Tuesday, November 01, 2016

Rural-urban divide in the presidential election illustrated by primary and caucus voting

Much has been said about the increased rural/urban divide in politics and how it will affect this year's presidential election. Bill Bishop of the Daily Yonder looked at one measure of party identification and support, voting in primaries and caucuses, and found a big rural-urban disparity.

In rural counties, 5.7 million people voted in the Republican nominating process, compared to 3.3 million Democrats. In urban counties, 18.9 million Democrats voted, compared to 14.6 million Republicans, Bishop reports. Overall, about the same number of people voted Republican (31 million) and Democratic (30.3 million).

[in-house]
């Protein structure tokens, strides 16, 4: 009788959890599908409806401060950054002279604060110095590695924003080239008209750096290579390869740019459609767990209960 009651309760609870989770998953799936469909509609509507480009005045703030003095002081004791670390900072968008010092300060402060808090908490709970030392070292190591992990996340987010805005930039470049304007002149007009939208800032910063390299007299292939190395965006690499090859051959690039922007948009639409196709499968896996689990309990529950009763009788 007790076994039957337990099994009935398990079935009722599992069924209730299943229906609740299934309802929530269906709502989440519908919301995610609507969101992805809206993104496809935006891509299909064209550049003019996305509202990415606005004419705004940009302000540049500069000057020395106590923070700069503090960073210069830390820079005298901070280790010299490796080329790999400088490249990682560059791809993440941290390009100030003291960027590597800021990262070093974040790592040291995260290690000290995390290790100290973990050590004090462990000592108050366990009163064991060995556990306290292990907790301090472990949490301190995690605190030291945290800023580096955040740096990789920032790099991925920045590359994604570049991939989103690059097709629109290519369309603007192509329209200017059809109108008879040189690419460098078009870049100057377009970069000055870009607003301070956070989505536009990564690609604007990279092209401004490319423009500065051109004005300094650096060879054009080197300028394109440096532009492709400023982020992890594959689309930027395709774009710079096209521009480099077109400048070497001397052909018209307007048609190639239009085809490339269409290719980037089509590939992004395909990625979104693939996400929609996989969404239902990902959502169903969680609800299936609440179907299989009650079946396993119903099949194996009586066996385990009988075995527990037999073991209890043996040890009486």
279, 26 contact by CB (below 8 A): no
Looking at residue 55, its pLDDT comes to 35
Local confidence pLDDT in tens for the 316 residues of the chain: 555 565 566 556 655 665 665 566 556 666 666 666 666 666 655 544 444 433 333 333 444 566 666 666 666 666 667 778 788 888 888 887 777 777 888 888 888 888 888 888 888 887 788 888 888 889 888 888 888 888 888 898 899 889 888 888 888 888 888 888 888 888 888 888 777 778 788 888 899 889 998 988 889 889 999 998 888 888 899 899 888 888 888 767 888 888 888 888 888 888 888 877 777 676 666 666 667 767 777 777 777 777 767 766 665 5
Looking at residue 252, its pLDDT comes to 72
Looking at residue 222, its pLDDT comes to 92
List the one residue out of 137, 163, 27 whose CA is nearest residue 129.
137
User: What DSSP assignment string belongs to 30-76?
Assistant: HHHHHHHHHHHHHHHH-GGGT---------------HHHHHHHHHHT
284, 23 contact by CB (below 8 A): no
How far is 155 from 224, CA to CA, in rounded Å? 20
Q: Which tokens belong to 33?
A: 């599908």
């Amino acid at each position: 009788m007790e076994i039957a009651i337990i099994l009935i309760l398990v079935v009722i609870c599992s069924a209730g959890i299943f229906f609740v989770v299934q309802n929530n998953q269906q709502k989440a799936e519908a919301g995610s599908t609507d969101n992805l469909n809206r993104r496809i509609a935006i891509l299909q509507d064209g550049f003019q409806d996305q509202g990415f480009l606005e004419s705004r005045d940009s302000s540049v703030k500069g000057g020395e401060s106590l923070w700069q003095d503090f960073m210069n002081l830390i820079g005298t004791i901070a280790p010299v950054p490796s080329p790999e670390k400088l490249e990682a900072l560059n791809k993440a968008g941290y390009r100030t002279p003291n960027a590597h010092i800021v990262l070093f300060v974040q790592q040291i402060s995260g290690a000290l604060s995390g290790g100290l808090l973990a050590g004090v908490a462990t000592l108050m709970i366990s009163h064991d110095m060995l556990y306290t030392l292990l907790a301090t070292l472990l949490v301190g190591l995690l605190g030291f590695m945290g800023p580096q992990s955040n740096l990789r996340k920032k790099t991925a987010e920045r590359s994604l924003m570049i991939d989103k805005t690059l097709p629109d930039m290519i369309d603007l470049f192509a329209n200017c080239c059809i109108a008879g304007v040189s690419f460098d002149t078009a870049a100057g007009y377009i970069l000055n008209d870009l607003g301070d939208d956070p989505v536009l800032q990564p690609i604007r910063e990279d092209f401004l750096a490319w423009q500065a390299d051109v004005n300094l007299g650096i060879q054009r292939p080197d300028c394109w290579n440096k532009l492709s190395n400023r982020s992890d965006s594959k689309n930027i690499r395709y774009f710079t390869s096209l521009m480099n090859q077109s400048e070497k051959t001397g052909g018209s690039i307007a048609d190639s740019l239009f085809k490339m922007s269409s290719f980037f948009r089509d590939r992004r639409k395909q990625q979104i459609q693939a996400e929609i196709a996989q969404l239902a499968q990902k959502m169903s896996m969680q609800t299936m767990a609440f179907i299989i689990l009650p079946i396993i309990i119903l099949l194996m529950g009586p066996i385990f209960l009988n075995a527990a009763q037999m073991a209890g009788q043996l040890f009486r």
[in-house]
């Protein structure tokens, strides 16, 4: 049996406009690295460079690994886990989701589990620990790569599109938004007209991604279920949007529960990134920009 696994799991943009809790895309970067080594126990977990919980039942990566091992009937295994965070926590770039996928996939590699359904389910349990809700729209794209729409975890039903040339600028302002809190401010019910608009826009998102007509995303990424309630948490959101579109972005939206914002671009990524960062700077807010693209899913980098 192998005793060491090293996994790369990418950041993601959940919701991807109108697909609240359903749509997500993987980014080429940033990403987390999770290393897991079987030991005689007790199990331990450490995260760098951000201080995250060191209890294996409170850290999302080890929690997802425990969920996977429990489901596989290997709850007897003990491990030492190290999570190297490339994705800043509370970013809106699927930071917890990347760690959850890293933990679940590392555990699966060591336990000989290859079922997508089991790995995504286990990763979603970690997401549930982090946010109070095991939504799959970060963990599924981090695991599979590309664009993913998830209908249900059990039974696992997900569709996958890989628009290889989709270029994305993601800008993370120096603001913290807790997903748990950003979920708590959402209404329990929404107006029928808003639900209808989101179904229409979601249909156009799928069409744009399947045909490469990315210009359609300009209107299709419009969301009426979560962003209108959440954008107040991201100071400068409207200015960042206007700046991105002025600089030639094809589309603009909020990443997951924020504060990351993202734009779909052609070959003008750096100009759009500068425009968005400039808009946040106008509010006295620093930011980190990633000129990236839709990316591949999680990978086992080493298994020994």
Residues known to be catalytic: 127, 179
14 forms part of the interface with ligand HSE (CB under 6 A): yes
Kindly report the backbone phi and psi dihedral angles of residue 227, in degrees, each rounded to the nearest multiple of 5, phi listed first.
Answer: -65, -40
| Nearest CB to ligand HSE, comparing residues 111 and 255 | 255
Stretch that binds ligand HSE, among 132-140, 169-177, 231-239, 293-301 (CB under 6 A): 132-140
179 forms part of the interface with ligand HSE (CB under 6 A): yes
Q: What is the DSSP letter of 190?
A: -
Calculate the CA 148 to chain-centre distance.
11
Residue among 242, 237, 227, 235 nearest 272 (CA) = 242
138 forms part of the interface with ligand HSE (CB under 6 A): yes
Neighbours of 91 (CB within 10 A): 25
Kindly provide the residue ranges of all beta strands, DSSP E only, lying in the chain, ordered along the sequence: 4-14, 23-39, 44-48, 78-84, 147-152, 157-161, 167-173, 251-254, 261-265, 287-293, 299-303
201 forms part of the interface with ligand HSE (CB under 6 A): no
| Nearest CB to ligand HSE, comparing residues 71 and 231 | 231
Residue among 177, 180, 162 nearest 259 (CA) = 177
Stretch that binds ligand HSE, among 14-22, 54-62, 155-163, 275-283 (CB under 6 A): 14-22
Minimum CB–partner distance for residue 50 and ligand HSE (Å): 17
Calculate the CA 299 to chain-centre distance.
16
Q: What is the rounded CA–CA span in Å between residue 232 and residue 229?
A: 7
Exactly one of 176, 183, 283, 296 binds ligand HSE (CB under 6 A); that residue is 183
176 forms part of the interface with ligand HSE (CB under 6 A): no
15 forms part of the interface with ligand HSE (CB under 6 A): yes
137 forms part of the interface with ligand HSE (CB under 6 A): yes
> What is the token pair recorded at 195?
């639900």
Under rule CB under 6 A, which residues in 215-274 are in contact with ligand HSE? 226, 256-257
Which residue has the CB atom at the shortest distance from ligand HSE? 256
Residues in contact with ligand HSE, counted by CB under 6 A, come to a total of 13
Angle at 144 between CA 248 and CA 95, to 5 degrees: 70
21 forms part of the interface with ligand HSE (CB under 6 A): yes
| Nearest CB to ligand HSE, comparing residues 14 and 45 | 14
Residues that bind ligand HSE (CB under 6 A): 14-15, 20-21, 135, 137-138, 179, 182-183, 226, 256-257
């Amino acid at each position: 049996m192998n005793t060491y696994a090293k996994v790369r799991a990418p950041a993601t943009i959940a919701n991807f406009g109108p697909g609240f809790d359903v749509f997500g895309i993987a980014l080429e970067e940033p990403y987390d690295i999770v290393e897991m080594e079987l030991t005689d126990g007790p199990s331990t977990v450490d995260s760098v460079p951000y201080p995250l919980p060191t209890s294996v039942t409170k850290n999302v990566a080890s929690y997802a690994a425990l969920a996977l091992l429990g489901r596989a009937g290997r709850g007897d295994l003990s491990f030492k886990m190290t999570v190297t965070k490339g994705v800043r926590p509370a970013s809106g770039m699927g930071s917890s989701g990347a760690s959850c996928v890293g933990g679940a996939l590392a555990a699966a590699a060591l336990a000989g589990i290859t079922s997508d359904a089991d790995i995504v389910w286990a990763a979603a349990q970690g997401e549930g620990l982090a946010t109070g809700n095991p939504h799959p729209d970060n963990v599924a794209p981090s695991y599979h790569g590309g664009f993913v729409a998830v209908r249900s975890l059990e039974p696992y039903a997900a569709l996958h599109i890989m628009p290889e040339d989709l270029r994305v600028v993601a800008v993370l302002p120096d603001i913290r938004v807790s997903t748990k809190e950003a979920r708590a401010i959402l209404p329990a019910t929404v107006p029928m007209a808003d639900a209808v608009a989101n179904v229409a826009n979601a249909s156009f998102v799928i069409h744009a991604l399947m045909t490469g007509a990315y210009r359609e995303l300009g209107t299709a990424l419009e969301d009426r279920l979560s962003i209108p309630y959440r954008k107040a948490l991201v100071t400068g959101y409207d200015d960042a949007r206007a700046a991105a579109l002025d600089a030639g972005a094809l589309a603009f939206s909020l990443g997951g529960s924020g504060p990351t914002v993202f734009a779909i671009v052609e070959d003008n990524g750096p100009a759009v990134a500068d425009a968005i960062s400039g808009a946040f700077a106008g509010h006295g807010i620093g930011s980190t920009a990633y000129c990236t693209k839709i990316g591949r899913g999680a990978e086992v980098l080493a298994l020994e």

In the Republican primaries and caucuses 18.5 percent of all voters were from rural counties, compared to 10.8 percent in the Democratic process, Bishop writes. Overall, 54.7 percent of Americans live in large counties, but 62.4 percent of voters in the Democratic primary were from these counties, compared to 47.2 percent of Republican primary voters. (Yonder map: Primary voters by geography)

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